Minnesota, meet your new governor — teacher, coach, soldier, sci-fi fan and eternal optimist
ST. PAUL — Tim Walz will be sworn in Monday, Jan. 7, as Minnesota’s 41st governor.
He’s a former high school teacher, football coach, retired master sergeant in the Army National Guard and a six-term congressman.
He remains a high school football fan, history buff, reader of science fiction and fantasy, avid runner and an eternal optimist — even when it comes to the Vikings.
Minnesota’s next head of state sat down a few days before his inauguration to shed a little more light on what makes him tick. What follows are excerpts from that interview:
Your inauguration is Monday. When did it really sink in that you’re going to be the governor?
“Maybe a little bit even this morning. We went to do a walk-through at the Fitzgerald (Theater),” Walz said, referring to the location where the executive branch will be sworn in Monday. “It’s starting to become pretty real.”
Are you nervous?
“It’s an interesting emotion, the incredible honor you get out of this. Running for elected office, you put yourself out there in front of your neighbors and truly millions of people go and vote and they pick you to do this. It’s very humbling.”
Walz noted that he’s been reading past inaugural speeches as he writes his first address as governor.
“It’s fascinating what you learn, but also a sense of history starts to seep in about what you are doing here and the shoulders that you are standing on.”
You have a close relationship with Lt. Gov. Peggy Flanagan. You work as a team. Why did you choose to approach it that way?
“It is reflective of my leadership style. I certainly believe in empowering those around us. The term in the military is a ‘force multiplier.’ I’ve always believed you lead by training, providing resources, providing the vision.”
Walz said he’s known Flanagan for years and always admired her. He wanted someone with different life experiences as his running mate.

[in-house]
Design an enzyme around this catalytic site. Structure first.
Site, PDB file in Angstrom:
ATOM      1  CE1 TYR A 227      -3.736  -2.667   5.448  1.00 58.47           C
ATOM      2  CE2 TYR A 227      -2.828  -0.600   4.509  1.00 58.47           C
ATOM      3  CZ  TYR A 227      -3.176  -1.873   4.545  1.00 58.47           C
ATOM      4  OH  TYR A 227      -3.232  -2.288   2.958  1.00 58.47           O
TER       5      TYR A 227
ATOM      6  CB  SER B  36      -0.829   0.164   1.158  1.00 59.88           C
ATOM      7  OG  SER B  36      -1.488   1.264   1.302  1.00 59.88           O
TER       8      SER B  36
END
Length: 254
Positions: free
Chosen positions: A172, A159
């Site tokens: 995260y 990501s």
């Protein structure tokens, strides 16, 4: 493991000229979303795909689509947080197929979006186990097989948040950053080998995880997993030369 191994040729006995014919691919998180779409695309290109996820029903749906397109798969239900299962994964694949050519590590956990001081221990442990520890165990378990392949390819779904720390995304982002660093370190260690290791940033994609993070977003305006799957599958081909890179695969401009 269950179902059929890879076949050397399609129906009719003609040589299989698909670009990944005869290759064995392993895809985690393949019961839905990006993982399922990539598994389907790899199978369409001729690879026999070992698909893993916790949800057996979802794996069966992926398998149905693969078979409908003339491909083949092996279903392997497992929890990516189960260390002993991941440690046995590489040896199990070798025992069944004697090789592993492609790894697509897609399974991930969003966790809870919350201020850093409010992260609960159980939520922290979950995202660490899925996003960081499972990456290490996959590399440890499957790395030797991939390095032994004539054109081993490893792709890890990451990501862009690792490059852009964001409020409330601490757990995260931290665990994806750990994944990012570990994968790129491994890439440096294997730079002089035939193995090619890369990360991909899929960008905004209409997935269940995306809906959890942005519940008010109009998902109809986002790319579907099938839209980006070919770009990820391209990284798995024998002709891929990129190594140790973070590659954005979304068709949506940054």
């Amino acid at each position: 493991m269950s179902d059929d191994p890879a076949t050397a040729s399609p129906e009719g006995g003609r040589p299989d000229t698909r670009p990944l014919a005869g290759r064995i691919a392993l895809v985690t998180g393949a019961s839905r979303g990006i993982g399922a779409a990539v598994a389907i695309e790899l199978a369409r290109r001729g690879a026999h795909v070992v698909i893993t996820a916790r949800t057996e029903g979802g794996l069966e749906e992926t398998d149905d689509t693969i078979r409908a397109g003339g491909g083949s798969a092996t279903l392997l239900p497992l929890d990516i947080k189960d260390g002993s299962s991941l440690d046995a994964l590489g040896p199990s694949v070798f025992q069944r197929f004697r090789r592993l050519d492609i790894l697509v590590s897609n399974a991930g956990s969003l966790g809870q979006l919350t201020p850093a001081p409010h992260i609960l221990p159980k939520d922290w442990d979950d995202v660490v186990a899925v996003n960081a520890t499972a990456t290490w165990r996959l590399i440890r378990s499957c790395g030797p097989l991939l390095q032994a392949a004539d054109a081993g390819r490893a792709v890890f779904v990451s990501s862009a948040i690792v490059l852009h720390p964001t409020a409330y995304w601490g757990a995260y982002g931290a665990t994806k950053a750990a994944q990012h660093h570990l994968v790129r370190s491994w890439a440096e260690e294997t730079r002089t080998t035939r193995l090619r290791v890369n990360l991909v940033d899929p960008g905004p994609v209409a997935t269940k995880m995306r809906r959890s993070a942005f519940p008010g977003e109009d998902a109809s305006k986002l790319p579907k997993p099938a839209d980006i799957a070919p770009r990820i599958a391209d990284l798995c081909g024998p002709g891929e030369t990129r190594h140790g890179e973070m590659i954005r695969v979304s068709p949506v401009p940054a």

“She also — it’s pretty obvious — provides a contrast to me., as someone who grew up as an indigenous woman and a suburban legislator with a different kind of background who brings a new perspective.”
Are you going to move your family to the Governor’s Residence? How do you deal with the public attention they could draw?
“I think that’s the plan. We are still working with (daughter) Hope. It’s her senior year. She’s really great about it. We are living out of packed boxes right now. It is a logistical thread the needle.”
“My wife (Gwen) was very deliberate and I think people were very respectful, keeping our kids out of it … We do recognize now it is a little bit different. We are trying to navigate how we are going to move them to the next phase.”
You promised your son Gus a dog if you won. Did you get the dog?
“Not yet … We are going to have a rescue puppy. I’ve asked the kids to do some research. We will get it. To be honest, the fight for the cat (Afton) was one of Gus’ premier projects. He did a Powerpoint. Sold my wife. When he got the cat, I could not have been more surprised when she agreed to it. Now she loves that cat.”
You’ve spent much of your life in public service — in the classroom, the military and in politics. When did you first know you wanted to be in public life?